Our brain has a way of playing tricks on us. The eye may do the seeing, but it’s our brain that interprets that data. And sometimes it gets it all wrong. In low light, the brain likes to fill in missing details, making you believe that something is there, when it’s really not. Sometimes the spaces painted different colors may appear to be different when they’re actually not. And the way our brain tries to understand moving objects is far from perfect. As photographers, possibly the most annoying trick that our brain likes to play is that it makes us believe that blue or yellow is really white.
What is White?
What we see and what our camera records is based entirely on available light. Surfaces – regardless of their color – is reflected differently under different colors of light. And so a “white” paint chip will look very different under different light sources. Some light sources may not even contain the right colors in order to be reflected. And so we need to compensate for that when we are shooting, or at least when we are processing our photos. So perhaps we should better understand what white light truly is. Unfortunately, white isn’t so clearly defined in the world of light.
We measure the color of light – or more accurately the color temperature of light – using the Kelvin scale. “White” light is actually a whole range of light within that scale ranging from 2,700 – 10,000 K. Now that’s a bit hard to conceptualize, so for illustration I blatantly ripped the tag off of a light bulb package featuring the new standardized label from the LED Lighting Facts program, which can be seen here at right. “Warm White” is a narrow band of light between 2,700 and 3,000 Kelvin. “Neutral White” (or what the lamp manufacturers like to call “Bright White”) is between 3,000 K and 4,500 K. “Cool White” is a very wide band ranging from 4,5000 K to 10,000 K (and you will note the tag is deficient). Some of you are probably surprised to see that daylight is, in fact, a “Cool White” light.
I wish I could say that only the color of the light was all that mattered. That would surely make this much simpler. But as much of our light is reflected, it can also acquire colors from those surfaces. Most often, this falls along the green to magenta access of the color circle and is most often referred to as “Tint”. So in order to truly balance a photograph, we will need to adjust both the color temperature and the tint.
So why does this matter? It matters because anything within that range of light could be seen by the human eye as “White” under the right circumstances. A white sheet of paper will be translated to your brain as white in warm white, cool white and anything in between. In other words, your brain is automatically making white balance adjustments on the fly. Pretty awesome, isn’t it? But that’s really our problem, because our camera doesn’t see it that way. If you take a photograph using automatic white balance in broad daylight – even an overcast day – you will notice that it has a bluish cast when you go to look at it in post. Many people – even those who have been photographing for years – falsely believe that their electronics have a blue biased. That’s technically a misnomer. In truth, it’s just not seeing the light the same way that your brain interprets the light. Of course the real problem is that our photos are not being seen in the same sort of light in which the photograph was taken, and so we need to overcompensate for that fact when we process our images. So let’s figure out how to fix it.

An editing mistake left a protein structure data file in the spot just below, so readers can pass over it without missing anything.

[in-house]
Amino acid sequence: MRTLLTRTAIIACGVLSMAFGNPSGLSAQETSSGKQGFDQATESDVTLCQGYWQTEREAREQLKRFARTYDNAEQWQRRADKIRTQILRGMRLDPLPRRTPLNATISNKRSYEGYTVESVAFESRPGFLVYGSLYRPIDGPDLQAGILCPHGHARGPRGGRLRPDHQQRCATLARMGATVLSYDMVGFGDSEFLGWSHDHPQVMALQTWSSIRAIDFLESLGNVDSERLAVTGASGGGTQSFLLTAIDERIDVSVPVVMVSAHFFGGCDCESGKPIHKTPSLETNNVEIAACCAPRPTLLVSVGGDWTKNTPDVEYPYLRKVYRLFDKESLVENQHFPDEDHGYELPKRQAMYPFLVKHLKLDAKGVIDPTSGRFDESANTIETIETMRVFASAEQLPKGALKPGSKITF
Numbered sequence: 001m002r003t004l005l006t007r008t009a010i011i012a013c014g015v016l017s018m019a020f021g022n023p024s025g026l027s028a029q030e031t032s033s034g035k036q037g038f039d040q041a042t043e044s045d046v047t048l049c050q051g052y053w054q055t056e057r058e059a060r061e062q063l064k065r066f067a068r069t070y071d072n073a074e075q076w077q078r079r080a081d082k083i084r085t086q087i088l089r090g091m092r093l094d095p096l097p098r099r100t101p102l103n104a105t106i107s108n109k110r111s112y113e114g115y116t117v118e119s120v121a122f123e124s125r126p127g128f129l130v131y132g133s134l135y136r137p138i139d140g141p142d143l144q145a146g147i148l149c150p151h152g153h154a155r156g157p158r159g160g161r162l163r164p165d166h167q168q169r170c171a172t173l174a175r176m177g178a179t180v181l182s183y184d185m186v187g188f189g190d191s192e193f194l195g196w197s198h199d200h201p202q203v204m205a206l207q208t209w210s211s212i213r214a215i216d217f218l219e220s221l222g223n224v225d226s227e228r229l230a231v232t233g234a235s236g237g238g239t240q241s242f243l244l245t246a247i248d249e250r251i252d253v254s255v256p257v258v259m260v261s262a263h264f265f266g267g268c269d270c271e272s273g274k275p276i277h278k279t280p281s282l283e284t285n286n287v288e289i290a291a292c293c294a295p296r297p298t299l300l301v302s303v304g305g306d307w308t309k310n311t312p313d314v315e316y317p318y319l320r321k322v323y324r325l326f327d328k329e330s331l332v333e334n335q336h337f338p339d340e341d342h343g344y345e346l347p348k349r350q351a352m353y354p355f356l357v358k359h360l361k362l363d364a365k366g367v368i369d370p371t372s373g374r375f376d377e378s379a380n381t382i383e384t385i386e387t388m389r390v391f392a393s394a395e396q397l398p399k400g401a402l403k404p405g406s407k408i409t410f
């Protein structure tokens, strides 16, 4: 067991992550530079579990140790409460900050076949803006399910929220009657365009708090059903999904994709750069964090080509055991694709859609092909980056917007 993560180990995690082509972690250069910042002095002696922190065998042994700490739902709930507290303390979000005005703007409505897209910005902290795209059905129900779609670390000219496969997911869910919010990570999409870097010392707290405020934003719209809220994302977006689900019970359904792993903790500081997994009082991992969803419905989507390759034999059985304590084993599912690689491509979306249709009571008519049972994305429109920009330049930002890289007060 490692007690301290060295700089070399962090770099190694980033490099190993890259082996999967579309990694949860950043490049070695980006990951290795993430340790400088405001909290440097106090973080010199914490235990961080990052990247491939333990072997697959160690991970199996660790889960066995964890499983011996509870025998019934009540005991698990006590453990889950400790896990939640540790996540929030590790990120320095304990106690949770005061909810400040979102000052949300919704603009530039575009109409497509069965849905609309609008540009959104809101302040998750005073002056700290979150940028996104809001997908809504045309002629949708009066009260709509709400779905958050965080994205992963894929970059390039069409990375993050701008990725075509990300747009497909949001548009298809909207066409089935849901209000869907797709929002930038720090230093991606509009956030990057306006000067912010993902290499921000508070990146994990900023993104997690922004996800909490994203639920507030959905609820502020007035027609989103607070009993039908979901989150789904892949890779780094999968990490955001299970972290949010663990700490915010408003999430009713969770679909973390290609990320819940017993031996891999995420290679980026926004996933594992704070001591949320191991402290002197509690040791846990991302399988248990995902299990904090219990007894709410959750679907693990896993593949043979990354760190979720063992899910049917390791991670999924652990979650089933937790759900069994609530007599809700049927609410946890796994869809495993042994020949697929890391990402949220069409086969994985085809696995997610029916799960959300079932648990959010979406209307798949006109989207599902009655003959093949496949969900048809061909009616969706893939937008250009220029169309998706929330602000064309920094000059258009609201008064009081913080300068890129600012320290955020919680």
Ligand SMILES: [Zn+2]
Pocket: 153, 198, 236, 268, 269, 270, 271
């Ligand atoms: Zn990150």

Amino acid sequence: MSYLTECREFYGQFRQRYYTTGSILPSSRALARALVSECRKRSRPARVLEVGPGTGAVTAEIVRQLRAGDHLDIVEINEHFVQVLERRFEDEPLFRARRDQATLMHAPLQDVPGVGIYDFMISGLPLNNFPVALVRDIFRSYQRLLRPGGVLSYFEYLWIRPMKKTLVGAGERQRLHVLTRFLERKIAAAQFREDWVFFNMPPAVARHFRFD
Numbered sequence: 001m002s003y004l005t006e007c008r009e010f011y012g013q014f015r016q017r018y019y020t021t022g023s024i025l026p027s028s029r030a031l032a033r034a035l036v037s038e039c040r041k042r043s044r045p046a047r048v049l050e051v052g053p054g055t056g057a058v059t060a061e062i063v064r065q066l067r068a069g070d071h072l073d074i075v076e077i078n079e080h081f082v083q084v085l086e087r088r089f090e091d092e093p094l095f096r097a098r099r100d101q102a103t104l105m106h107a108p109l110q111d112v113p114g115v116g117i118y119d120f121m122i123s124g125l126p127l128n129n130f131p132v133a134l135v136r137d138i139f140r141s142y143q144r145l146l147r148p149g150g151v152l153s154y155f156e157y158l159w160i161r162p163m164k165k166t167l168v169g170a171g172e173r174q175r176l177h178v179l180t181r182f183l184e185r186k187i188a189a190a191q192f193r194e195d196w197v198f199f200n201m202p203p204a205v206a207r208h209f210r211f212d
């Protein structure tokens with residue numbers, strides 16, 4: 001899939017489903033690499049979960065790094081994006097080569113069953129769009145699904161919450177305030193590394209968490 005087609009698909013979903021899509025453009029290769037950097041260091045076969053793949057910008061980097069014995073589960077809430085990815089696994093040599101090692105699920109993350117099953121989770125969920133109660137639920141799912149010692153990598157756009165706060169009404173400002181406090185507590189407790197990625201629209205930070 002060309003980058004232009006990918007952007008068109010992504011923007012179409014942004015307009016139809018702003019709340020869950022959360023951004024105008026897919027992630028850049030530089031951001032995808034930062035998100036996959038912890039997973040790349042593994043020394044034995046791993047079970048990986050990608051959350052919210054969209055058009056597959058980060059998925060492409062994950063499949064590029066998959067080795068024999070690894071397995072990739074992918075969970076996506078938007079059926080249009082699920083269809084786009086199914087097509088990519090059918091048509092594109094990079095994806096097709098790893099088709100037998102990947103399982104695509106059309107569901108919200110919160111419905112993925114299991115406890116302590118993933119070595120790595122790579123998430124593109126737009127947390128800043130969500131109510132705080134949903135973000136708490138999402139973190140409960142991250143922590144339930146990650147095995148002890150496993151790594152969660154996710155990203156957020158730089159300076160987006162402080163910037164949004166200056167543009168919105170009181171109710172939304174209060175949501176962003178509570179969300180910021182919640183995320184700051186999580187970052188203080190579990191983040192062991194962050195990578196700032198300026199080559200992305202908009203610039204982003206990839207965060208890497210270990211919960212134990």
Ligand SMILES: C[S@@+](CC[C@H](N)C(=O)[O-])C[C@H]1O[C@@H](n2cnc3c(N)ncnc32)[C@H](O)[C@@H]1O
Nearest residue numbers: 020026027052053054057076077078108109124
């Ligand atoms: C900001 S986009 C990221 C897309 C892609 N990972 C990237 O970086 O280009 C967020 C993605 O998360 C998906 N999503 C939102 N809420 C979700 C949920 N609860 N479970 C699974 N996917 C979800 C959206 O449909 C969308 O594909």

White Balancing Basics
First and foremost, you must realize that we cannot trust any single component in our processing chain. We can change the white balance before we even take the picture on our cameras. Our monitors are going to have a color bias as well, sometimes varying between manufacturers or even within the same product line. And the printer surely isn’t going to reproduce the colors as you, your camera or your monitor represents it. The solution is to calibrate everything. There are many products out on the market that help you do just that. Some are designed to get a neutral white balance at the time you take the photograph. Some help you calibrate your monitor so what you’re looking at is a true representation of color, allowing you to adjust accordingly. There are even products designed to eliminate the need to pre-balance your camera at all. And finally, printer manufacturers profile their printers so that at least your exported photos will match what you see on your screen. At the very least, you should consider some sort of color correction tool for your monitor so at least you can be sure that what you see is accurate. For the balance of this article, I am going to assume that you have done this at least.
[Editor's Note: We can't reveal too much right now, but we are currently reviewing some of these products and you can expect to see them in coming weeks.]
Next, we need to know what to adjust. There are two components that you’ll need to tweak: Color Temperature (“Temp”) and the Color Tint (“Tint”). The human eye is far more sensitive to blues, so don’t be surprised to find that you may make some drastic adjustments using the Temp slider. On the other hand, the adjustments you make using the Tint slider are going to be fairly subtle. I’ll be using Lightroom (and a somewhat dated version at that) in my demonstration here. But it’s important to note that while the actual process may vary, you can carry these principals into just about any photo editing program.
How I White Balance
As with all of my demonstrations, I preface by stating that my process is just one of many ways. You may find my process appropriate for your needs. You may need to tweak. But again, there are other ways to go about doing this, I am just illustrating using my own process. Moving on…